of the Pecos” are four words that used to be synonymous with “wild
But from the 1820s to the mid-1870s, “West of the Colorado” would
have been an equally suitable phrase for describing unsettled Texas.
The Colorado and its tributaries constituted the line of demarcation
between settled and wild Texas for at least a decade after the Civil
War. Even into 1880-81, before the Texas and Pacific Railroad finally
made it across West Texas,
“West of the Colorado” meant way out there.
Crime proved a particular problem, especially state coach robbing.
a Texas newspaper writer with a fine sense of humor, once described
a stage coach holdup west of the Colorado where “we had just come
to the San Saba [River] bottom.”
Telling the story in the third person to a doctor he never named,
referred to himself as “the reporter.”
The reporter was one of four passengers in a stage coach traveling
on a day so cold that the side curtains of the coach were all buttoned.
When the stage came to a sudden halt, one of the passengers, not
being able to see out, asked the driver if they had come to a stage
“No,” the driver
reported, “this is a six-shooter post office.”
Two pistol-packing robbers then relieved the passengers of all valuables
they had not been able to hurriedly hide, but no one got harmed
other than financially.
“The reporter,” Sweet
went on, “concluded by saying that this was the only stage-robbing
experience he had ever had. The driver looked earnestly at the doctor,
and winked at all that part of the state west of the Colorado river.”
Stage robbery occurred so often “West of the Colorado,” Sweet
continued, that “the traveling public became so accustomed to going
through the usual ceremonies that they complained to the stage company
if they came through unmolested. Being robbed came to be regarded
as a vested right.”
years after the fact, Austin
resident Sam Moore still liked talking about the time he faced highwaymen
Just back from a trail drive, Moore had boarded the west-bound stage
in Austin. The Capital
City had rail service to points north and east, but stagecoaches
remained the only form of public transportation “West of the Colorado.”
“When we reached the Peg Leg Crossing, on the San
Saba River, a fellow wearing a mask rode out and unhitched the
horses and ordered everyone from the coach,” Moore recalled in an
interview in the long-defunct Austin Dispatch in 1937.
Four traveling salesman – then called “drummers” – and a young woman
shared the stage with Moore. Drummers usually conducted their business
in cash and road agents considered them “rich pickings.”
The outlaws searched the salesmen and relieved them of cash and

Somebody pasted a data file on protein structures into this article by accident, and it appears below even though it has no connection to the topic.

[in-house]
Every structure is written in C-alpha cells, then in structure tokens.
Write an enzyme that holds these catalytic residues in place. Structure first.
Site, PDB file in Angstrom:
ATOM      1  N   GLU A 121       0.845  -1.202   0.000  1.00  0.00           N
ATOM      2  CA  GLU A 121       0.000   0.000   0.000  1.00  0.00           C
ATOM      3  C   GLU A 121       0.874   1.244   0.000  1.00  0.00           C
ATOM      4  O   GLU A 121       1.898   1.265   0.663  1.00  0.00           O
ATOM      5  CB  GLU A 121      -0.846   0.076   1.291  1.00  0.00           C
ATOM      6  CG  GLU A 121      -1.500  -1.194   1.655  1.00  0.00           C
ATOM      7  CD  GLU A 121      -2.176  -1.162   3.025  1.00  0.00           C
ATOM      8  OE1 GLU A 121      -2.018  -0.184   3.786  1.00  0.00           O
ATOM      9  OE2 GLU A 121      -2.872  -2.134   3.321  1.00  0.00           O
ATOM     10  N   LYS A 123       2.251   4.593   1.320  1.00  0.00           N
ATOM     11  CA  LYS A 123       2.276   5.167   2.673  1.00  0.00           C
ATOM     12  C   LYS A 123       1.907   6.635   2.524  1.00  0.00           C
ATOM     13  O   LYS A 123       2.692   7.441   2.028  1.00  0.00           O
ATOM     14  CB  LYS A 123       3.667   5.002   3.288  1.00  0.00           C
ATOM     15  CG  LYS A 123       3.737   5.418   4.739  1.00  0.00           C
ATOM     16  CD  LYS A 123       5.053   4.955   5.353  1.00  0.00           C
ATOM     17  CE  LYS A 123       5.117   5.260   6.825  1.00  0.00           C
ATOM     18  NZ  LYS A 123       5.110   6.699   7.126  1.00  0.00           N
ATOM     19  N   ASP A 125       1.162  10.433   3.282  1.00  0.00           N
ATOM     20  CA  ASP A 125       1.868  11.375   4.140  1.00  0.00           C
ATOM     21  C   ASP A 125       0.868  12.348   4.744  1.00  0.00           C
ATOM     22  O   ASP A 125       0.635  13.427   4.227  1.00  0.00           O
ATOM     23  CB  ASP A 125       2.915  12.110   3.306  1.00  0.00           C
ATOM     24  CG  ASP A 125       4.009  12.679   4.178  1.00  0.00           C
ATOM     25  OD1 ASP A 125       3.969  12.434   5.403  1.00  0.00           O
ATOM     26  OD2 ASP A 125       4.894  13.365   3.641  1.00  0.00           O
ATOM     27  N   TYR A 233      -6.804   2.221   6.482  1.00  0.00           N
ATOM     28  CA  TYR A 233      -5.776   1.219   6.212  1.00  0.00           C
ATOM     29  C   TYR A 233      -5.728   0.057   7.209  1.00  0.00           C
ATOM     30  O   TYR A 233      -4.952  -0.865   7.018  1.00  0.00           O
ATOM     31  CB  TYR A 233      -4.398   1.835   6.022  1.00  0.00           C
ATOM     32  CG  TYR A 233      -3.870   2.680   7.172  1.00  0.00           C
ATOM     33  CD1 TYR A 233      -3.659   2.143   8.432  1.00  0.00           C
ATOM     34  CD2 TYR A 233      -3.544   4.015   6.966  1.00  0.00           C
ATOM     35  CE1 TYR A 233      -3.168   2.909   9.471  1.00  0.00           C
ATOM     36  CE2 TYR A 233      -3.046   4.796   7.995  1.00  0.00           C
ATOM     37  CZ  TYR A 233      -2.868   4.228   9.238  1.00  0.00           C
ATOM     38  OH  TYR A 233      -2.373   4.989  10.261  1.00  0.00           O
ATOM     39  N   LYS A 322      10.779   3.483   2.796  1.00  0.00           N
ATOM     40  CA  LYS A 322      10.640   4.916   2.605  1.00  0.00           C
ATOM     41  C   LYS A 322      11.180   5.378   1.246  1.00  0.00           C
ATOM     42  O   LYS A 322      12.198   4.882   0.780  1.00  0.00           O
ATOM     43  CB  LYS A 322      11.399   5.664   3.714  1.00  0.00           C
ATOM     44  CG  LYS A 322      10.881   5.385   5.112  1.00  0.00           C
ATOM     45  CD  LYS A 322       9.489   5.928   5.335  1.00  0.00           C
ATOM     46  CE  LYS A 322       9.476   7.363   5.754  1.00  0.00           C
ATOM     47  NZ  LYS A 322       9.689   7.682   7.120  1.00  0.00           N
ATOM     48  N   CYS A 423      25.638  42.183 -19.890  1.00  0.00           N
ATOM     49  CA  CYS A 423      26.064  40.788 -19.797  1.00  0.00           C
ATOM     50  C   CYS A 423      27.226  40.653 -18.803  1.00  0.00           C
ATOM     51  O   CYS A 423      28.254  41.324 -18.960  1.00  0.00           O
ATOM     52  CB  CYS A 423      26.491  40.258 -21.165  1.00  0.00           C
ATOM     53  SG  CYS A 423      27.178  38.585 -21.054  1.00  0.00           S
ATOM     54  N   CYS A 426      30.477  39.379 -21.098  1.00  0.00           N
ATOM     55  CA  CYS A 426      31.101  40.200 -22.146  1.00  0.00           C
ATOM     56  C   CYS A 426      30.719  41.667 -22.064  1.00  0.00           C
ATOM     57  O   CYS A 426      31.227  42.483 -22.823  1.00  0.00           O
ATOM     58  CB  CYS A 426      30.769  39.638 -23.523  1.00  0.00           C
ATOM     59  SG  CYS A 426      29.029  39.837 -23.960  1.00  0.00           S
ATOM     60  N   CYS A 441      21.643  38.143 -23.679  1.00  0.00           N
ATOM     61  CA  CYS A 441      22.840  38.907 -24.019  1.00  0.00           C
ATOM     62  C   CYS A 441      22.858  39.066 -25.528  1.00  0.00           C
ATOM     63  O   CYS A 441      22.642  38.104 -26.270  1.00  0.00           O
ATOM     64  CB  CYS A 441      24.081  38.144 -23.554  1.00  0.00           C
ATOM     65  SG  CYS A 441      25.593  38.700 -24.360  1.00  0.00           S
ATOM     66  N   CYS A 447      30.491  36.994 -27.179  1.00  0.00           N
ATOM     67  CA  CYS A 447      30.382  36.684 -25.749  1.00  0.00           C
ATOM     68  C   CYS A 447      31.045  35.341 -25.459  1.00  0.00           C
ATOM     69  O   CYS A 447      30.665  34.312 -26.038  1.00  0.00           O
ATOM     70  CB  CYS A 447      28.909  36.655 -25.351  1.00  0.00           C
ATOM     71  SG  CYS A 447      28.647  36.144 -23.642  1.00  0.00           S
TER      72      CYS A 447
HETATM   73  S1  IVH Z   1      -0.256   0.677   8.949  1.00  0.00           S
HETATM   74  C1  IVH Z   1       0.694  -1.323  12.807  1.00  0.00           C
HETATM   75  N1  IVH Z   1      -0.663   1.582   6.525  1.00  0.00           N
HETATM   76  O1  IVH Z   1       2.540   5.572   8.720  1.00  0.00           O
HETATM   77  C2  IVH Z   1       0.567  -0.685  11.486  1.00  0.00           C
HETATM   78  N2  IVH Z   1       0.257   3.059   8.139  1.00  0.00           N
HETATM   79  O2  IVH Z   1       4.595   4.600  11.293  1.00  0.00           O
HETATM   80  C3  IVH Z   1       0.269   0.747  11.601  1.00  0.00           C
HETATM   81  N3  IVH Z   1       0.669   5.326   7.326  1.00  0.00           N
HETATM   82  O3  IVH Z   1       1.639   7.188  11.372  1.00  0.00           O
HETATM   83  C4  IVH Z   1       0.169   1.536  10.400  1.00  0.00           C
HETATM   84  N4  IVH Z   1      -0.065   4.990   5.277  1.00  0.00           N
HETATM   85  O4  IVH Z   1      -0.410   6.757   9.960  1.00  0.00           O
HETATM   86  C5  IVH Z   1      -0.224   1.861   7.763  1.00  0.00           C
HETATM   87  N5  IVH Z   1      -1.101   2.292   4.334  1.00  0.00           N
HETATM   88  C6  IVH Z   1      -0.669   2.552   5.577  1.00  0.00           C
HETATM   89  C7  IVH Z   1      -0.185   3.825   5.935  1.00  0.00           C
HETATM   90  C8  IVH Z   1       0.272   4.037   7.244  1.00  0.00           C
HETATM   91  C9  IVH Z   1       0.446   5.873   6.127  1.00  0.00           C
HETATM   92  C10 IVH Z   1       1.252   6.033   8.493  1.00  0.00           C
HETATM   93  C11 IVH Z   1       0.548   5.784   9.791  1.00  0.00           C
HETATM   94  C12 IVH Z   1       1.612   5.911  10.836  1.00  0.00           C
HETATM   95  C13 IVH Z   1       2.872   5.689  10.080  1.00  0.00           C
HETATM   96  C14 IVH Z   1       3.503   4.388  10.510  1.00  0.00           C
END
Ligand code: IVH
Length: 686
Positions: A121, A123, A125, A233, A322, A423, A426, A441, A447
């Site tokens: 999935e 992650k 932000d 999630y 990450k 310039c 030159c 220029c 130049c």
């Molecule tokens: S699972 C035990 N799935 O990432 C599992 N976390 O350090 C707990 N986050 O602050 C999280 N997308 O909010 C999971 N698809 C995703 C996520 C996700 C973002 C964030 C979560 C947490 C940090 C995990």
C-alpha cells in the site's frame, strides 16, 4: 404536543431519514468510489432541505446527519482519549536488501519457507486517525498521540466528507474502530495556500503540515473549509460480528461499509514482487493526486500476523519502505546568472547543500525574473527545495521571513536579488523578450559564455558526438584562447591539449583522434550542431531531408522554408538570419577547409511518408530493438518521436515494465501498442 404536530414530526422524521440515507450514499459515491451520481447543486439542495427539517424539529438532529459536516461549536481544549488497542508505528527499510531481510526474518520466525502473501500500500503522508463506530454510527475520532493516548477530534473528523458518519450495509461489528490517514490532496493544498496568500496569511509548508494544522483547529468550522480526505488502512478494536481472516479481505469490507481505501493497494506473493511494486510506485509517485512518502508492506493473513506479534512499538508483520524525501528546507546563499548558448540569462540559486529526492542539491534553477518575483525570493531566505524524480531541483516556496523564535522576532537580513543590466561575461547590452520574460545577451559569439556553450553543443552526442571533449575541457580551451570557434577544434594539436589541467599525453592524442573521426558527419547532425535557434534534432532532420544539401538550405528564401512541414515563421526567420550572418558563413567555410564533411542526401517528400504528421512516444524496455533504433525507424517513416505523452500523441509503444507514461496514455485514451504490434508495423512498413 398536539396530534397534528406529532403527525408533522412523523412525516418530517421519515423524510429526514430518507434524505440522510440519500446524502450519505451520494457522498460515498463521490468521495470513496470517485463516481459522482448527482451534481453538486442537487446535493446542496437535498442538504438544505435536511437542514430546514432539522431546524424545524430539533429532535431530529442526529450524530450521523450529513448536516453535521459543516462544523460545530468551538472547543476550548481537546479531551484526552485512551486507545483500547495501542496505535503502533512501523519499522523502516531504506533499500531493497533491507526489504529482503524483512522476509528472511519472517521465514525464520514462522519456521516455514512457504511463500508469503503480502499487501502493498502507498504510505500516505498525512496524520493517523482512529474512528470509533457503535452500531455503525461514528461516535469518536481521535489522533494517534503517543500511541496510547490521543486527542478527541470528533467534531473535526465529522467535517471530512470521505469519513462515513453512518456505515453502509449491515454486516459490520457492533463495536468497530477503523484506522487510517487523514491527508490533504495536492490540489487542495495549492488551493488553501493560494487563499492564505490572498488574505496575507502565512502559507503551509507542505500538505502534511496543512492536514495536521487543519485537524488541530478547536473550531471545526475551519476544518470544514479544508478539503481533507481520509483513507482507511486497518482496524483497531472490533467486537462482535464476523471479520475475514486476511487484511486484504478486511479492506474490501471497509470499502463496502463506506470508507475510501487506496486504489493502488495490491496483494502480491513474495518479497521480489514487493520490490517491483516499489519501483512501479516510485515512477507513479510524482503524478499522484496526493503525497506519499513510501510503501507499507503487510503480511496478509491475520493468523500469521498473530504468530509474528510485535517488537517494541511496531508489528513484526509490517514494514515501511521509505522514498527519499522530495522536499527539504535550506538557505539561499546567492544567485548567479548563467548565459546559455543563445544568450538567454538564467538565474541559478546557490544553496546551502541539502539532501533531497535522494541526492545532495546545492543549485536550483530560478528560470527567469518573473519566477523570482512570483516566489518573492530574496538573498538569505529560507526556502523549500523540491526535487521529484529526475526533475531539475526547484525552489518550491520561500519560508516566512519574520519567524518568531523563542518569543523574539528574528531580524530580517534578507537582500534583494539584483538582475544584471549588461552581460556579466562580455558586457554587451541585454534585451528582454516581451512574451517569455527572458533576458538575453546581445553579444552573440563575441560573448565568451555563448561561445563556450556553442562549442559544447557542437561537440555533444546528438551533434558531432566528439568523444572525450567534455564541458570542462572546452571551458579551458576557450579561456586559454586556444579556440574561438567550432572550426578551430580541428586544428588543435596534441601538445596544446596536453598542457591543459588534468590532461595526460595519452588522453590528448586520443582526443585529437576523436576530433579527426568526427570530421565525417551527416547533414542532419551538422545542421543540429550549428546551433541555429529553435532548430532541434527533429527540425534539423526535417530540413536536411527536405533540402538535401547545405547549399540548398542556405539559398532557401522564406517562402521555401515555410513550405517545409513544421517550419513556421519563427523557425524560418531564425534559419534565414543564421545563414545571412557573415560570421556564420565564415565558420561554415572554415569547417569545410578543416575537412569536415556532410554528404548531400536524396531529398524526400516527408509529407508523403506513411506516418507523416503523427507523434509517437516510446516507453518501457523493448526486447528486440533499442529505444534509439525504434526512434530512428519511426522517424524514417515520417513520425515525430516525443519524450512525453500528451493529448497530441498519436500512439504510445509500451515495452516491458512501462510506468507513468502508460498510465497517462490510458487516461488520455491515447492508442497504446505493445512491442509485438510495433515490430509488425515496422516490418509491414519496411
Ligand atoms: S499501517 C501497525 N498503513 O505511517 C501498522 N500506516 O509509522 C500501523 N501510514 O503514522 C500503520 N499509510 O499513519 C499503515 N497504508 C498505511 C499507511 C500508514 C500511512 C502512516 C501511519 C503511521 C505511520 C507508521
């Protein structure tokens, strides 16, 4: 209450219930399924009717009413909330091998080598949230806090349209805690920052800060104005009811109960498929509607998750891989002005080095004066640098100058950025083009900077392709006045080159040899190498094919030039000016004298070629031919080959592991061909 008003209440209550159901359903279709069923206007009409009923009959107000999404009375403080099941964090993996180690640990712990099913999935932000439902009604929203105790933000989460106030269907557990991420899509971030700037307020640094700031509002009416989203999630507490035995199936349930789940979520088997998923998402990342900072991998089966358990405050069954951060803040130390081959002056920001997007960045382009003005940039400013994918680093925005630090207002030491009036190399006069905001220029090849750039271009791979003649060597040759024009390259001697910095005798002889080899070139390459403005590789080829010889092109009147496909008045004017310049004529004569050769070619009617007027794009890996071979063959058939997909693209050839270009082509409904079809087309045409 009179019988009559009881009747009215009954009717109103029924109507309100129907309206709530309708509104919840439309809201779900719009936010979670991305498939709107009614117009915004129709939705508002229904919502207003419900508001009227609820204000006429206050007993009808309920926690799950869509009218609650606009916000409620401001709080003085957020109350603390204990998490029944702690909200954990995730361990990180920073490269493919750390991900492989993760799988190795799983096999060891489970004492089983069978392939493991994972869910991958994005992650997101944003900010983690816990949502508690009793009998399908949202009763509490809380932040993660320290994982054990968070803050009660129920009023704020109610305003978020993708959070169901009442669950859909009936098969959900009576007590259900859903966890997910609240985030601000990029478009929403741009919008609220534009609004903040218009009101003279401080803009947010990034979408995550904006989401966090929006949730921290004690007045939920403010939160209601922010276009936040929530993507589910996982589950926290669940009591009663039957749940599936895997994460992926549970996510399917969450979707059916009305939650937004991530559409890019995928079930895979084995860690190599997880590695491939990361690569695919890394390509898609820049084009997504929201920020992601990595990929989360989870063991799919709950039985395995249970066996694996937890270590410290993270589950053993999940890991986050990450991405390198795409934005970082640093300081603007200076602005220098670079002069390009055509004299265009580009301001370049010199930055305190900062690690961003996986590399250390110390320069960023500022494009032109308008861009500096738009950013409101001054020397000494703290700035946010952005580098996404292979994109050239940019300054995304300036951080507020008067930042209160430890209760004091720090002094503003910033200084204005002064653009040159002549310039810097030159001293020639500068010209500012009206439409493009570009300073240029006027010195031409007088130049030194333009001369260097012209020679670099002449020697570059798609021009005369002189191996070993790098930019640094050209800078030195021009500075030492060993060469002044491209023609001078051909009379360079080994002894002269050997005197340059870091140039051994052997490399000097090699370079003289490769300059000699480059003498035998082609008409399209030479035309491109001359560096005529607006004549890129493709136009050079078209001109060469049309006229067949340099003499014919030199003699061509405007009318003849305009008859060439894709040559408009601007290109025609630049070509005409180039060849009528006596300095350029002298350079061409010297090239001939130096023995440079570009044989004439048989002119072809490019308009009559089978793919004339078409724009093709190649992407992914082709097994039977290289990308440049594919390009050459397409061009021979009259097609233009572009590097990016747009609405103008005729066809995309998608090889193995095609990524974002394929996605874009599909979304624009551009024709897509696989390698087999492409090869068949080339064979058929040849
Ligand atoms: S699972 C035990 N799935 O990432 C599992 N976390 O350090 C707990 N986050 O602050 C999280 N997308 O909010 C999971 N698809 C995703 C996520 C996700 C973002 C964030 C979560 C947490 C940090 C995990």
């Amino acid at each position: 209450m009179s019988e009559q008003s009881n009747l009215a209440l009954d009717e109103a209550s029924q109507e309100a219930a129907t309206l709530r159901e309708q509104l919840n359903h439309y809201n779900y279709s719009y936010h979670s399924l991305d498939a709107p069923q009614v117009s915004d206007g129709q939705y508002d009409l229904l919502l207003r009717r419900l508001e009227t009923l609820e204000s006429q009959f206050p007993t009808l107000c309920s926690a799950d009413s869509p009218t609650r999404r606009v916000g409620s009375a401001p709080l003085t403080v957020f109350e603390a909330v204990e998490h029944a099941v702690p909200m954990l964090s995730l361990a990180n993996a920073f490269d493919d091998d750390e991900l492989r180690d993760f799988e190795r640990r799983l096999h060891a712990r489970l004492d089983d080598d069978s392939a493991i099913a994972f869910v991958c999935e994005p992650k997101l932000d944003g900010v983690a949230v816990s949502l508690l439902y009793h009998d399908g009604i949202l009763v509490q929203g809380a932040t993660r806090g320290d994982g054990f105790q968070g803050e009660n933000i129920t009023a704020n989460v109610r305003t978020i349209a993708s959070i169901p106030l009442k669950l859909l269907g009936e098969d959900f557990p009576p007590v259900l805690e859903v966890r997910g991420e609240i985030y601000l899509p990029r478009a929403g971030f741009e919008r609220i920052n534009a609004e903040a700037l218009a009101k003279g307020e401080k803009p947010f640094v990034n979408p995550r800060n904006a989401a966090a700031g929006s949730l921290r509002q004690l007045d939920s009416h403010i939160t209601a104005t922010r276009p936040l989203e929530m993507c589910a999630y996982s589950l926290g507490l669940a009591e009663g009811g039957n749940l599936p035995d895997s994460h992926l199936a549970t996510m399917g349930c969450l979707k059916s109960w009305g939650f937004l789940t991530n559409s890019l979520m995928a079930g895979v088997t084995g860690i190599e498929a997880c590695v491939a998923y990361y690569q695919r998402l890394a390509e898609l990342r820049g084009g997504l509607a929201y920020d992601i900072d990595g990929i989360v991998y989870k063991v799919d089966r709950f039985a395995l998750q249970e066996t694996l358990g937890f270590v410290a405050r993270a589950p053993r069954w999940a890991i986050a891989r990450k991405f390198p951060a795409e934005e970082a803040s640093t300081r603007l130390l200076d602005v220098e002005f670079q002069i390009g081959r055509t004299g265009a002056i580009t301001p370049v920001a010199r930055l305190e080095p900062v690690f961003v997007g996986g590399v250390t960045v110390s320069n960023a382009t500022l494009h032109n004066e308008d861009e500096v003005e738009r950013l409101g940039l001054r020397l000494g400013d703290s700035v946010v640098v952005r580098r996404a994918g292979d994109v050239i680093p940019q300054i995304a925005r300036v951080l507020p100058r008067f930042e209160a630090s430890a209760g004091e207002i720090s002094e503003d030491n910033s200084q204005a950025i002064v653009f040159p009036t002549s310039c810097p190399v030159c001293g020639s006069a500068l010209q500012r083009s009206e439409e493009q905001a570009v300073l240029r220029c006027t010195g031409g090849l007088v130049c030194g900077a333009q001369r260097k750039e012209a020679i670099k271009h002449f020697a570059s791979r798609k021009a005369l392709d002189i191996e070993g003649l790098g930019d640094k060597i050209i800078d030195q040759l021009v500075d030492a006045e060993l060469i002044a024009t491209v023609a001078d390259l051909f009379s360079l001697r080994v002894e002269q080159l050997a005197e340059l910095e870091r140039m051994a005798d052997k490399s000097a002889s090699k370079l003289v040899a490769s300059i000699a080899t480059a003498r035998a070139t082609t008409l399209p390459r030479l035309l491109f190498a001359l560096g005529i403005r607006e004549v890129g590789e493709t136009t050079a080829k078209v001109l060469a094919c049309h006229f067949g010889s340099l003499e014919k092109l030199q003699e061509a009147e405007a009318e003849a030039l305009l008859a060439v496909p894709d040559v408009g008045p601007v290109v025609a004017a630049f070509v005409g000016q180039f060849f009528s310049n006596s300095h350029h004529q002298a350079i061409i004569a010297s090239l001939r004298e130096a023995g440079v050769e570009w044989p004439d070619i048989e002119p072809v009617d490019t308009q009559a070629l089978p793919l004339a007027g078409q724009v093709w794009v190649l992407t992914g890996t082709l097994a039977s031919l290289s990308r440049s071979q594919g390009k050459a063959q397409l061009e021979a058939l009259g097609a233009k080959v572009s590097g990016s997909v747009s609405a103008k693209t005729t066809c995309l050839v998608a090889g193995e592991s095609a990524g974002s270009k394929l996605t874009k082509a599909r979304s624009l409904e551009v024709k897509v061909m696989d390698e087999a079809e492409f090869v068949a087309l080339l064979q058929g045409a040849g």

coin. After examining the lady’s purse and jewelry, the lead robber
handed it back, courteously saying he didn’t rob women.
Then the gunman turned his attention to Moore.
me in the ribs with his gun, and said, ‘Keep your stuff, there ain’t
no cowboy got a damn thing.’”
Noticing the masked man’s eyes looked somewhat familiar, Moore figured
the robber knew him. The young cowboy may or may not have known
the robber, but he later maintained the man was Rube Burrow, “a
rather notorious character with whom Uncle Sam was acquainted.”
Eventually arrested for murder in Tucson, Ariz., “Burrow” was extradited
to Texas and booked into the Travis
county jail, a castle-like stone structure built in 1875 across
from the Capitol.
“After a time,” Moore continued his tale, “a woman, representing
herself to be ‘Burrow’s’ wife, appeared at the jail to visit her
husband, with food and clean clothing.”
The visits continued with regularity for several months.
“Then one afternoon, when time came to let her out the ‘wife’ pushed
a Colt into the jailers’ ribs and demanded the keys. Wearing a Mother
Hubbard, ‘Rube Burrow’ clattered down the steps and made his escape.
The woman dressed in her husband’s garb, remained in jail.”
“Burrow,” whoever he really was, never again appeared in Texas.
That was Moore’s story, anyway. An Alabama-born character by the
name of Rube Burrow with a Robin Hood-like reputation did spend
some time in Texas during the 1870s
and 1880s, but his first crime is not believed to have occurred
until 1886, well after the robbery Moore remembered.
The Texas Rangers eventually rounded up the Peg Leg stage robbers,
but the only thing that truly put an end to stage coach robbing
was the expansion of rail
service in Texas. And then bandits took to robbing trains.
© Mike Cox
- May 21, 2014 column
More "Texas Tales"
Town Sagas | Columns |
Texas Town List | Texas
Order Books by Mike Cox